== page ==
When selecting from a broad universe of managers, Fund Architects generally seeks active money managers who have a demonstrated ability to take advantage of market inefficiency through superior information, investment process, or intelligence. Typically, these managers have long-term track records of consistent, strong risk-adjusted performance.

It is crucial to understand when evaluating any active manager that their strategy and expertise typically works best in certain economic and market climates. As a manager of managers, it is Fund Architects role to understand each active manager’s strategy and role in the portfolio and to undertake dynamic manager selection by moving into and out of them as market conditions demand. For example, a deep value manager works best during a value market, and will typically significantly outperform a relative value manager. This means that it is important to understand the difference in their strategy and process when assessing their relative skills, and it is important to understand when in the economic and market cycle it is most profitable to invest with a deep value manager rather than a relative value manager. By effective dynamic manager selection, Fund Architects seeks to overweight managers when their strategy is in tune with market and economic conditions and capture their peak performance, and underweight or be out of them entirely when their strategy is out of favor. We use dynamic manager selection consistent with our views on dynamic asset allocation.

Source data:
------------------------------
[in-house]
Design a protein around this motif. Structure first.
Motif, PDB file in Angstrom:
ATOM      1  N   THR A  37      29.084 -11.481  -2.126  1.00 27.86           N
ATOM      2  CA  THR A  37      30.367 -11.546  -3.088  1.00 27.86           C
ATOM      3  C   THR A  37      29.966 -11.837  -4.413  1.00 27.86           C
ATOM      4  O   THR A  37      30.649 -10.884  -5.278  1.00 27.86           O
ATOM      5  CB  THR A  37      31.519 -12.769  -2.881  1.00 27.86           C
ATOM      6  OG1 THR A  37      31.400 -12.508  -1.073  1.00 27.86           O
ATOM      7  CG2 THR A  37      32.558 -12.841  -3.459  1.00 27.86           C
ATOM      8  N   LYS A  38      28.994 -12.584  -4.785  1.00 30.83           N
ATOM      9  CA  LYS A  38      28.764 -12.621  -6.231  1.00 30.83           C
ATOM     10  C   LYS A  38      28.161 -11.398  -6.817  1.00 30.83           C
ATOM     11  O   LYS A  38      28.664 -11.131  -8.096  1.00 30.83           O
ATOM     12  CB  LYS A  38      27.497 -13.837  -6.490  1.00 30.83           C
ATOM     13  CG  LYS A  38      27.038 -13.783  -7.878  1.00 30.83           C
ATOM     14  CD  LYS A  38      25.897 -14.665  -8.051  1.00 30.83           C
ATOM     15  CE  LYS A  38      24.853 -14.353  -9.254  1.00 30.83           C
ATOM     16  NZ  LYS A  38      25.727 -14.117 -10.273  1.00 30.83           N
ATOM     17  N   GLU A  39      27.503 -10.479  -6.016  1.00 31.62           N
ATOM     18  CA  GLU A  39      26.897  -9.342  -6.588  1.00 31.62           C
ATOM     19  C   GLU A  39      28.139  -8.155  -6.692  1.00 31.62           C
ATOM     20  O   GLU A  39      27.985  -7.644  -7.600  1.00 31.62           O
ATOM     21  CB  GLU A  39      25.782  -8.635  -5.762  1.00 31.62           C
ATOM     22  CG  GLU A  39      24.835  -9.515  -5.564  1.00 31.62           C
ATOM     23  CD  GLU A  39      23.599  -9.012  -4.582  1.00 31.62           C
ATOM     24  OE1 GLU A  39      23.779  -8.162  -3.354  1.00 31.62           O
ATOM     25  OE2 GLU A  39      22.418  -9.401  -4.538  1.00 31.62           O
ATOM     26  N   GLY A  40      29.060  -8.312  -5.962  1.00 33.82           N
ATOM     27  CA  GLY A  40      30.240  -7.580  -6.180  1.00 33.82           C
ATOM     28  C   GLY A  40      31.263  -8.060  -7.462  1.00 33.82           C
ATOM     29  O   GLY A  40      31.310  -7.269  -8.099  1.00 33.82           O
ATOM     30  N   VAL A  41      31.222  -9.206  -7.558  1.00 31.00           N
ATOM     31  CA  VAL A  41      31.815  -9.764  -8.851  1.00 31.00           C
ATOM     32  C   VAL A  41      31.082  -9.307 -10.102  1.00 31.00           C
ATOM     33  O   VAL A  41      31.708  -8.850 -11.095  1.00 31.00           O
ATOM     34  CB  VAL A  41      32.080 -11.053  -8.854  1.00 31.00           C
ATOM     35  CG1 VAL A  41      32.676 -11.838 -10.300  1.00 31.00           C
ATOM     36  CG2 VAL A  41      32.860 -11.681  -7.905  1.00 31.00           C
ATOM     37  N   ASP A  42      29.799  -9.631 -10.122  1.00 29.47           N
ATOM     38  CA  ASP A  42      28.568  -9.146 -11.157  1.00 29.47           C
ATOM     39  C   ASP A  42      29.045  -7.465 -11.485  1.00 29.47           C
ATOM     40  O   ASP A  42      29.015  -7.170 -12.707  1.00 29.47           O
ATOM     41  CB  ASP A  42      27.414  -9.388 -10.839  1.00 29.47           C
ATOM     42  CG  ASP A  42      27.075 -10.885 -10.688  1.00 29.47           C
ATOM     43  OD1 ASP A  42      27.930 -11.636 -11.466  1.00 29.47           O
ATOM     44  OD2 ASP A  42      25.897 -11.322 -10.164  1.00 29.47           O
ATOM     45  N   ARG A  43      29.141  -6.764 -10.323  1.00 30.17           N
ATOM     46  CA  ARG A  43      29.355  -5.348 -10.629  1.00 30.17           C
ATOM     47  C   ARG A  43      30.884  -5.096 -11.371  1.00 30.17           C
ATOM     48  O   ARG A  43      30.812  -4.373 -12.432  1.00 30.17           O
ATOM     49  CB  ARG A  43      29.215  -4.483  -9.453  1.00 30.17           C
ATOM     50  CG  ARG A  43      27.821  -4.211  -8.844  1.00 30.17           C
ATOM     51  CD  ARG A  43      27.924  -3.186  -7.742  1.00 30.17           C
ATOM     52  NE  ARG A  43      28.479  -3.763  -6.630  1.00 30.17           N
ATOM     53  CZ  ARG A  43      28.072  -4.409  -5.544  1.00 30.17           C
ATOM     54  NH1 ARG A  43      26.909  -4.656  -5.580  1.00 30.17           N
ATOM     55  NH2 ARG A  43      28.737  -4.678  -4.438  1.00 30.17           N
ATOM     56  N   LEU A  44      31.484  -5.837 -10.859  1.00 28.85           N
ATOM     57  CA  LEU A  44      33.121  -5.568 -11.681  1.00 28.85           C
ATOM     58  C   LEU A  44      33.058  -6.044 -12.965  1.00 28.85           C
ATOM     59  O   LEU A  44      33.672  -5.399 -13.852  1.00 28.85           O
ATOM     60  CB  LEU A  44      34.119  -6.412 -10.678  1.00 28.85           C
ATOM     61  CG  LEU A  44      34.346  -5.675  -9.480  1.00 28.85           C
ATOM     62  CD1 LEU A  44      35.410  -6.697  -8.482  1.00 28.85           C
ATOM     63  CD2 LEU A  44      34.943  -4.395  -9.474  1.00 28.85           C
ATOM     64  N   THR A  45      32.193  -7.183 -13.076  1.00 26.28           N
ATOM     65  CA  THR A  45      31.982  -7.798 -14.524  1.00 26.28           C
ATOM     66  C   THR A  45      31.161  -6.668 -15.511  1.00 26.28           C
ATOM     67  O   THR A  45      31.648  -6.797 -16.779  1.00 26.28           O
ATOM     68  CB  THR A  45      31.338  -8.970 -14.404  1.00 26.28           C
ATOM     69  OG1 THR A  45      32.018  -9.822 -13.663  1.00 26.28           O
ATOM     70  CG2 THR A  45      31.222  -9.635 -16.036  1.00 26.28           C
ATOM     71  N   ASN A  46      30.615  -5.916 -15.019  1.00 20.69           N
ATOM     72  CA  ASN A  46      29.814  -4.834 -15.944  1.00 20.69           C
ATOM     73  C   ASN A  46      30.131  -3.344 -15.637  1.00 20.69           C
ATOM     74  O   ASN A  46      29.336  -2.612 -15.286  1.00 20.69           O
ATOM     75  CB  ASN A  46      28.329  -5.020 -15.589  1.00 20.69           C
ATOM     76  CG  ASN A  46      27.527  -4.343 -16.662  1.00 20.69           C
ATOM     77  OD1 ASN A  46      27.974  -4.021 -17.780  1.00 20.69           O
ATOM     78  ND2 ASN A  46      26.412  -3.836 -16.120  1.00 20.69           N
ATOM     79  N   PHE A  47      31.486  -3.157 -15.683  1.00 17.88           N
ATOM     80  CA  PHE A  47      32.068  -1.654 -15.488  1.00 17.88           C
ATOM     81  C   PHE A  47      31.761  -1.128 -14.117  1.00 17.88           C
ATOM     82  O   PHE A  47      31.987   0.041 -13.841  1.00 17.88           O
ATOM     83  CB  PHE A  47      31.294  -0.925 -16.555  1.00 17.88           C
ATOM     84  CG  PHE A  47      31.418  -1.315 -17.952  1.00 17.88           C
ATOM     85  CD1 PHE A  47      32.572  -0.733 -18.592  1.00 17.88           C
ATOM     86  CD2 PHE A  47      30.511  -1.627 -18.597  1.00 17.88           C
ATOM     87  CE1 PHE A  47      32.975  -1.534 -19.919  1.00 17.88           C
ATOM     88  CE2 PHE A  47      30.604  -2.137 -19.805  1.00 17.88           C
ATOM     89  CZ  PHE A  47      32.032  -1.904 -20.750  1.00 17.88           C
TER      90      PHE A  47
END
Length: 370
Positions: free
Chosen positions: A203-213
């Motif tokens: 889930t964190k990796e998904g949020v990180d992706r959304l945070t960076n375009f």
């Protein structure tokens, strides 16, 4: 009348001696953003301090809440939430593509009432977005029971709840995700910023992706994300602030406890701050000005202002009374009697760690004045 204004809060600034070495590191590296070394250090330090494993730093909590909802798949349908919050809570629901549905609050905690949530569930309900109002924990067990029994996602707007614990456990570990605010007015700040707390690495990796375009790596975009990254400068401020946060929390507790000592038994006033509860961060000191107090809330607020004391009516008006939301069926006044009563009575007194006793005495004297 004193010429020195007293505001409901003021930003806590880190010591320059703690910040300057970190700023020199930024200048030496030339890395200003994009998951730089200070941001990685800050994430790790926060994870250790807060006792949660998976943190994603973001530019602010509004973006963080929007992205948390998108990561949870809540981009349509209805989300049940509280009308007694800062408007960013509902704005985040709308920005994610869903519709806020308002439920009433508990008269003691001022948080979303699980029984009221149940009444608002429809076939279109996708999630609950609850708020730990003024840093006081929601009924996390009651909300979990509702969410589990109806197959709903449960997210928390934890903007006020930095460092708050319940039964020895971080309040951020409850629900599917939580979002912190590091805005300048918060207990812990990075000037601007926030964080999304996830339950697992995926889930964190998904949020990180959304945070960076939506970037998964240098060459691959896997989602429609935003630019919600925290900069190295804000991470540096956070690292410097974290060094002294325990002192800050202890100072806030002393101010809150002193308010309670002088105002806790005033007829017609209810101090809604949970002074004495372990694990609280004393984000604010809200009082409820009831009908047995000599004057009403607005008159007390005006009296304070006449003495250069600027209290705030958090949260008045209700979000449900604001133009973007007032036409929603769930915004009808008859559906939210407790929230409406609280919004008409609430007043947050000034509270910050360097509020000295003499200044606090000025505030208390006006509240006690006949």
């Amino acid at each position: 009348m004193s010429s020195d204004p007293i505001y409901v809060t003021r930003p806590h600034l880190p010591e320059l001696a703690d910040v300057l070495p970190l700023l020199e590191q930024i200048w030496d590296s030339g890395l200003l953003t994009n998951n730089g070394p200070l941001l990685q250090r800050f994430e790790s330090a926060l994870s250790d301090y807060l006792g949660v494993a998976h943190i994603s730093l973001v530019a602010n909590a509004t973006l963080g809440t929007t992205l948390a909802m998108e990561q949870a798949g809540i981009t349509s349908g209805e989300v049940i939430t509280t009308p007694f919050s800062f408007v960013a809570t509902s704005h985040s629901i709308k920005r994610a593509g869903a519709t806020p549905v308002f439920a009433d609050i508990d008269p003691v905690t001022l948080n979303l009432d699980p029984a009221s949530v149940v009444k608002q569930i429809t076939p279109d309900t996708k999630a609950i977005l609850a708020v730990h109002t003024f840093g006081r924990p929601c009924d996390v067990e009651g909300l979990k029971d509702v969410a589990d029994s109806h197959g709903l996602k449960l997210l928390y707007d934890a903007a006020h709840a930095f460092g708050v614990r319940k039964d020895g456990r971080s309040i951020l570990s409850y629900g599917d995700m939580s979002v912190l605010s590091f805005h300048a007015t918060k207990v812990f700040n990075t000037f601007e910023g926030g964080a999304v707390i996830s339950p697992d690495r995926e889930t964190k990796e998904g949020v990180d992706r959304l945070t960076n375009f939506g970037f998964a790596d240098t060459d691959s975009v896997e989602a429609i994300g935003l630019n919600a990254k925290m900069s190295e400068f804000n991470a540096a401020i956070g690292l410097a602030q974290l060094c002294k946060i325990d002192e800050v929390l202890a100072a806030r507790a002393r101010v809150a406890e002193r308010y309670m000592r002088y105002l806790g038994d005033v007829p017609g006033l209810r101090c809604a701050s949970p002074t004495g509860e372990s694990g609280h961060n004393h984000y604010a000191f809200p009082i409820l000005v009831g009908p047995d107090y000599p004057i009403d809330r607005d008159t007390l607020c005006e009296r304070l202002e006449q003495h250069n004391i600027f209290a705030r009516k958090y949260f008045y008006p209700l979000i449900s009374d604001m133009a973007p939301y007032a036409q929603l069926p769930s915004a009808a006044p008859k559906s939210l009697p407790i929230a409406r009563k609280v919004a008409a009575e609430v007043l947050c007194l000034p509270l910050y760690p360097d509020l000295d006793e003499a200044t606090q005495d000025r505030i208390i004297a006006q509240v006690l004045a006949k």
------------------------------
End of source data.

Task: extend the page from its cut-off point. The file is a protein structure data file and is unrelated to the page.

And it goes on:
In some cases, dynamic manager selection may appear like Fund Architects is chasing the hottest performing managers. Rather, we monitor the best performing managers in real time to understand what current trends are driving financial markets. In cases, where those trends seem likely to persist, we may well move to participate in a manager's strong performance. However, that investment would always be in the context of identifying an underlying economic trend that is likely to persist and which will allow that hot manager to maintain their momentum.

It has been our experience that in many cases some of the best performing managers take advantage of flexibility to position their portfolios in the most attractive parts of the market. Fund Architects takes special effort to identify these managers and build them into our portfolios. We think this is an additional and often underutilized source of alpha. In many cases, this leads us to overweight managers who are identified as mid-cap managers, because they often have the broadest mandates to buy across all parts of the stock market. 

We use a series of quantitative scores and screens focusing on the following factors:

1. Manager tenure
2. Expenses
3. Performance consistency
4. Performance relative to market cycle
5. Pure Performance
6. Risk/adjusted performance
7. Correlation, and higher moments

We also assess each manager on a qualitative basis relying on the expertise of our investment team. Manager evaluations focus on analysis of three key factors:

1. The structure, stability and expertise of the management team.
2. The quantitative and qualitative process used for security selection.
3. The structure and characteristics of the managers' portfolios over time.

Once selected, it is anticipated that managers will be retained for at least a year. However, if there are changes in market conditions, investment process and portfolio, or manager team, the managers could be removed sooner.